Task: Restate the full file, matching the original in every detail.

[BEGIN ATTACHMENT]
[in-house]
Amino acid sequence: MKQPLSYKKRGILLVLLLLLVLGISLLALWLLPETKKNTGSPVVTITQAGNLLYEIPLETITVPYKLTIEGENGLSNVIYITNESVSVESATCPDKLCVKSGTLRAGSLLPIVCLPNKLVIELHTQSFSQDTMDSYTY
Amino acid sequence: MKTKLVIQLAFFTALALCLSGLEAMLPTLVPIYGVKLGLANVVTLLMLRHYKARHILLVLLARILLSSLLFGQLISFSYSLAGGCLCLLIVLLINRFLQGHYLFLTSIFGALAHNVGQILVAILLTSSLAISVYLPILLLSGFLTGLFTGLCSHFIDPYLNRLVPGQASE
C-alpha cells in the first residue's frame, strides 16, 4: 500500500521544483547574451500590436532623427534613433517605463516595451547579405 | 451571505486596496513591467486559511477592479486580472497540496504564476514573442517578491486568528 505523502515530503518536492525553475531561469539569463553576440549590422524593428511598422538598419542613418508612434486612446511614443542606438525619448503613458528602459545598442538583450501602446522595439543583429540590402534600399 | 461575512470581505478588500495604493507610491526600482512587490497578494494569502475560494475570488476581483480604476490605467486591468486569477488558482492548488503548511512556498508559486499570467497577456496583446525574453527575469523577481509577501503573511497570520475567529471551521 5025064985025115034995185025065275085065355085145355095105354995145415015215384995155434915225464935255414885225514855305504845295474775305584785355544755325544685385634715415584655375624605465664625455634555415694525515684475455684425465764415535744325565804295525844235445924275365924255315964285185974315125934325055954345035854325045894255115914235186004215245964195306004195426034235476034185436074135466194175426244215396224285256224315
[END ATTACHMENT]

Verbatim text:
[in-house]
Amino acid sequence: MKQPLSYKKRGILLVLLLLLVLGISLLALWLLPETKKNTGSPVVTITQAGNLLYEIPLETITVPYKLTIEGENGLSNVIYITNESVSVESATCPDKLCVKSGTLRAGSLLPIVCLPNKLVIELHTQSFSQDTMDSYTY
Amino acid sequence: MKTKLVIQLAFFTALALCLSGLEAMLPTLVPIYGVKLGLANVVTLLMLRHYKARHILLVLLARILLSSLLFGQLISFSYSLAGGCLCLLIVLLINRFLQGHYLFLTSIFGALAHNVGQILVAILLTSSLAISVYLPILLLSGFLTGLFTGLCSHFIDPYLNRLVPGQASE
C-alpha cells in the first residue's frame, strides 16, 4: 500500500521544483547574451500590436532623427534613433517605463516595451547579405 | 451571505486596496513591467486559511477592479486580472497540496504564476514573442517578491486568528 505523502515530503518536492525553475531561469539569463553576440549590422524593428511598422538598419542613418508612434486612446511614443542606438525619448503613458528602459545598442538583450501602446522595439543583429540590402534600399 | 461575512470581505478588500495604493507610491526600482512587490497578494494569502475560494475570488476581483480604476490605467486591468486569477488558482492548488503548511512556498508559486499570467497577456496583446525574453527575469523577481509577501503573511497570520475567529471551521 5025064985025115034995185025065275085065355085145355095105354995145415015215384995155434915225464935255414885225514855305504845295474775305584785355544755325544685385634715415584655375624605465664625455634555415694525515684475455684425465764415535744325565804295525844235445924275365924255315964285185974315125934325055954345035854325045894255115914235186004215245964195306004195426034235476034185436074135466194175426244215396224285256224315